Last year, Sep Vanmarcke was one of the strongest riders on the pave sections in the Tour de France. Unfortunately, the Belgian punctured just after having caused a major split in the peloton. Vanmarcke missed out on a golden opportunity to win and he’s now very motivated to make up for it today. He has been training on the course numerous times this year already and claims that nobody in the peloton knows these roads better than he does. Rainy conditions would increase Vanmarcke’s chances of success, as few riders know how to handle their bike on the slippery cobblestones like the Lotto-Jumbo rider. However, even on dry roads he will be difficult to handle. He may not be as fast as Degenkolb and Kristoff but Vanmarcke is definitely not slow either. Especially not after a long and grueling race like today.

The outsiders
On Mur de Huy, Etixx Quickstep and Tony Martin missed out on the yellow jersey for the third day in a row. Martin is only one second behind Froome and naturally, he will be eager to finally take the jersey. Earlier this year, the strong German went to check out these pave sections. At the time, he said that this would be a very important stage for him either to keep the yellow jersey or to take it. He was right. Still, compared to his teammates, Martin doesn’t exactly excel on the cobblestones. Zdenek Stybar, on the other hand, seems to be in great shape at the moment. He’s a true specialist in this terrain and probably the only rider as crafty on the cobblestones as Vanmarcke. Stybar is only 1:04 min behind Froome overall and does have a chance to grab the yellow jersey with a stellar performance. The Czech is also fast on the line, especially uphill, and he should have this stage circled in his road book. Mark Cavendish isn’t bad in this terrain either. If it ends in a bunch sprint, it would be a mistake to underestimate him.

For other very good candidates to win this stage, look to in-shape Edvald Boasson Hagen - who saved energy on the last part of stage 3 in order to be ready for the cobblestones - Tony Gallopin, Sylvain Chavanel, Arnaud Démare and maybe even Alejandro Valverde. We may also see Andre Greipel getting in the mix. He did very well in Paris-Roubaix this year and he knows that another strong performance today will increase his chances of winning the green jersey.

Amongst the GC riders, Vincenzo Nibali will hope to repeat his incredible performance from last year where he distanced his rivals with over two minutes. In dry conditions, it will be very difficult for him to do it again, though. Lars Boom won the stage on the cobblestones in 2014. He’s now at Nibali’s service, meaning he probably won’t get a chance to go for glory this time. Still, if Nibali is in the front group together with Boom, it won’t be a surprise to see the Dutchman try a late attack. Neither Alberto Contador nor Chris Froome or Nairo Quintana will enjoy this stage. While both Contador and Froome have a strong team to support them, Quintana could easily find himself alone rather quickly unless Alejandro Valverde has better day than on stage 3. The Colombian climber is nearly two minutes behind Froome in the GC already. Like Purito, he can’t afford to lose much more time.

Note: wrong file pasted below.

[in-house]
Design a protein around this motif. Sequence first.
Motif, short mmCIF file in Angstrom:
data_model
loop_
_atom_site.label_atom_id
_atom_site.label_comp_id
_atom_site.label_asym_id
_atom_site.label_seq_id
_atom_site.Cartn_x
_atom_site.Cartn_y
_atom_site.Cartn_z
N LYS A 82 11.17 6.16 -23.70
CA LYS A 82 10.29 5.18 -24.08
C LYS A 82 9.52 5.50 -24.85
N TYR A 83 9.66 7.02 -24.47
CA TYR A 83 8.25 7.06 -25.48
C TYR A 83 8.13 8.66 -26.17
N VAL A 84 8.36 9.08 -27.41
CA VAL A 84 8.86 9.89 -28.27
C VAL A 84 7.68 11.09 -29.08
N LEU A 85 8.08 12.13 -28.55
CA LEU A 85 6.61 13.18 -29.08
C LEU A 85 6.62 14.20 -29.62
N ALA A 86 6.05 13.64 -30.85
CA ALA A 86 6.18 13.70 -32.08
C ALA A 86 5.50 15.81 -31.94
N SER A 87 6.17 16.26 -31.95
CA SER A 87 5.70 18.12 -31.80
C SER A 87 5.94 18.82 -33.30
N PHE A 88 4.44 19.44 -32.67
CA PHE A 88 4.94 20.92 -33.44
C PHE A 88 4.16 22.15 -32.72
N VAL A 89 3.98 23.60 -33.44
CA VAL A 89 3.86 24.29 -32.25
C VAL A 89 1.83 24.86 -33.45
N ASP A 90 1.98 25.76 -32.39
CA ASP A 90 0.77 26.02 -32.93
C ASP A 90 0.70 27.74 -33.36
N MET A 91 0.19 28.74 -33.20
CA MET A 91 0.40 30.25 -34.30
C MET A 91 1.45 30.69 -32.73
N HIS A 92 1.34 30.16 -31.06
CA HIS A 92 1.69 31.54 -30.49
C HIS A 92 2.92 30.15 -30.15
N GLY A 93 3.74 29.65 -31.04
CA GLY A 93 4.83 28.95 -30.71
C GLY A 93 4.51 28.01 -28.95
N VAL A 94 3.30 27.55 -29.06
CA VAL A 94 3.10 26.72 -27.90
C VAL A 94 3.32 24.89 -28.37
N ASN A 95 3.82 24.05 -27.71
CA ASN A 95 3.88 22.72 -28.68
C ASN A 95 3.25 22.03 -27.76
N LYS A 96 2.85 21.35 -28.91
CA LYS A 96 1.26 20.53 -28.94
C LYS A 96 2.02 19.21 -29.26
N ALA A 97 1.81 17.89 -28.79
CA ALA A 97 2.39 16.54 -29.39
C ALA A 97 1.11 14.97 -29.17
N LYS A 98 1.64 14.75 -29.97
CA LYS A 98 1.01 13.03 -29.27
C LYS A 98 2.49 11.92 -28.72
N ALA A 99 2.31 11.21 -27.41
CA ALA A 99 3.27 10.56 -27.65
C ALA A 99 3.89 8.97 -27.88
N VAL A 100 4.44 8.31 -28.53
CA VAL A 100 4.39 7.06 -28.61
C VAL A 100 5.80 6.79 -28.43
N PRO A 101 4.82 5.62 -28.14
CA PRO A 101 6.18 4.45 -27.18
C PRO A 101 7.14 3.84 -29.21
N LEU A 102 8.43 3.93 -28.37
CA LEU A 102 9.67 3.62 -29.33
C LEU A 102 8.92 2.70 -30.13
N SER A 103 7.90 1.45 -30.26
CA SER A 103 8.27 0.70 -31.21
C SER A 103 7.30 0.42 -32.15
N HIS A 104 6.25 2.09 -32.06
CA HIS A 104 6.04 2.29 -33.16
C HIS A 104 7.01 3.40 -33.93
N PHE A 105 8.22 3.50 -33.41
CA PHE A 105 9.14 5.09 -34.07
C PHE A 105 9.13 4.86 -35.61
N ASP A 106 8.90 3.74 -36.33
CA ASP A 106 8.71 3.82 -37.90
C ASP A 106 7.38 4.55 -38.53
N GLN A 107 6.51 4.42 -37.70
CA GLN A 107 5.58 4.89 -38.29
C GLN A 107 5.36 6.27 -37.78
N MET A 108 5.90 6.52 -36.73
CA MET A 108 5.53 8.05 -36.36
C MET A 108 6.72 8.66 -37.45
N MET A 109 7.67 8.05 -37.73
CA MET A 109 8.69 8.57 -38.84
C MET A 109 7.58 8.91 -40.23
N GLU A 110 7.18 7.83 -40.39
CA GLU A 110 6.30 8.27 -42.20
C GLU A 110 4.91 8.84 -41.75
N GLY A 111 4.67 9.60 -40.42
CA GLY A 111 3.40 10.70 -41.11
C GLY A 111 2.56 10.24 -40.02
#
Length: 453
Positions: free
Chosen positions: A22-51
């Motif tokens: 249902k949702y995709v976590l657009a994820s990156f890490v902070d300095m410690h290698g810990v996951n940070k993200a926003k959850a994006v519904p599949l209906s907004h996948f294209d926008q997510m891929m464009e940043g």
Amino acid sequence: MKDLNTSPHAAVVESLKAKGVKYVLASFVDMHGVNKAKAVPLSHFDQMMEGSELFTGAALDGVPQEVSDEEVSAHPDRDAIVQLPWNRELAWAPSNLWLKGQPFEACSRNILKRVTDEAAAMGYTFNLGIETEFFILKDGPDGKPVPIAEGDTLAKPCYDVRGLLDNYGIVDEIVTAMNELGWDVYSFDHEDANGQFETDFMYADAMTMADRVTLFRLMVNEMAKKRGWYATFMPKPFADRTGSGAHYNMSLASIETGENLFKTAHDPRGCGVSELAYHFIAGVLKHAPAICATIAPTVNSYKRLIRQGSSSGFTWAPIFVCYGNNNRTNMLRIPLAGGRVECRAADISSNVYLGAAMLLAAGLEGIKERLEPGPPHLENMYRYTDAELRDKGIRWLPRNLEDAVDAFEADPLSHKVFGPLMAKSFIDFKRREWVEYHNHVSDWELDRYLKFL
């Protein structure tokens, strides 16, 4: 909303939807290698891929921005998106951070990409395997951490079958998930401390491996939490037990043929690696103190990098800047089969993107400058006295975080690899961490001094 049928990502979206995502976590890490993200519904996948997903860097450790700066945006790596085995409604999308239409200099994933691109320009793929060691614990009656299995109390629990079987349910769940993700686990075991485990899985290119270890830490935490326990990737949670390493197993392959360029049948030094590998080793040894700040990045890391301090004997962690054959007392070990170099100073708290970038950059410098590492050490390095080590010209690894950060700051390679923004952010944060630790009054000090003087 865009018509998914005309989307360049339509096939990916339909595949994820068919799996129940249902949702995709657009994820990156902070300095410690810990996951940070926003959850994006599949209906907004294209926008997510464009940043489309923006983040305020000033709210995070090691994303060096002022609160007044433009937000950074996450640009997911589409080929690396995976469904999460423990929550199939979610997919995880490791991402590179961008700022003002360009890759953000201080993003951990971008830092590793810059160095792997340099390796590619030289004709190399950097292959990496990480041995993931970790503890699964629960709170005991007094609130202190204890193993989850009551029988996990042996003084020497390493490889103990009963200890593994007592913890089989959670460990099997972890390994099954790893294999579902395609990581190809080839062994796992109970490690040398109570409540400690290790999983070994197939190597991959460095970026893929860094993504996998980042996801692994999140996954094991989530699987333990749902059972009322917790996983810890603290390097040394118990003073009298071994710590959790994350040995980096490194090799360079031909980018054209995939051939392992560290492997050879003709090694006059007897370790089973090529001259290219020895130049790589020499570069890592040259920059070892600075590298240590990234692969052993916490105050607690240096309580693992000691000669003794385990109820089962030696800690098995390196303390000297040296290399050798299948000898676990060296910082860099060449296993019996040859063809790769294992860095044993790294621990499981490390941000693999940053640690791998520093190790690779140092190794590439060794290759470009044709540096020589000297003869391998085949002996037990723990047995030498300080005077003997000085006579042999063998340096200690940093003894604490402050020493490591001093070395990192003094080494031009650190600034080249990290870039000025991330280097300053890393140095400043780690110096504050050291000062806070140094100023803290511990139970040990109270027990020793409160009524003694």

In case Contador and Froome are both safe and sound up front, loyal teammates like Peter Sagan, Geraint Thomas and Ian Stannard may get carte blanche to chase the stage win. The same goes for Greg Van Avermaet of BMC with Tejay Van Garderen. The Belgian has been extremely strong this year.However, the main focus for these super domestiques is protecting their team leaders.

Compared to Paris-Roubaix, it’s also important to remember that many of the riders in the Tour de France are not used to ride on the cobblestones. Therefore, gaps will occur much easier than we see in the spring classics where the peloton usually is made of big power riders. Don’t stay on the wheel of a climber if you want to win this stage.

For live coverage of the stage, go to steephill.tv.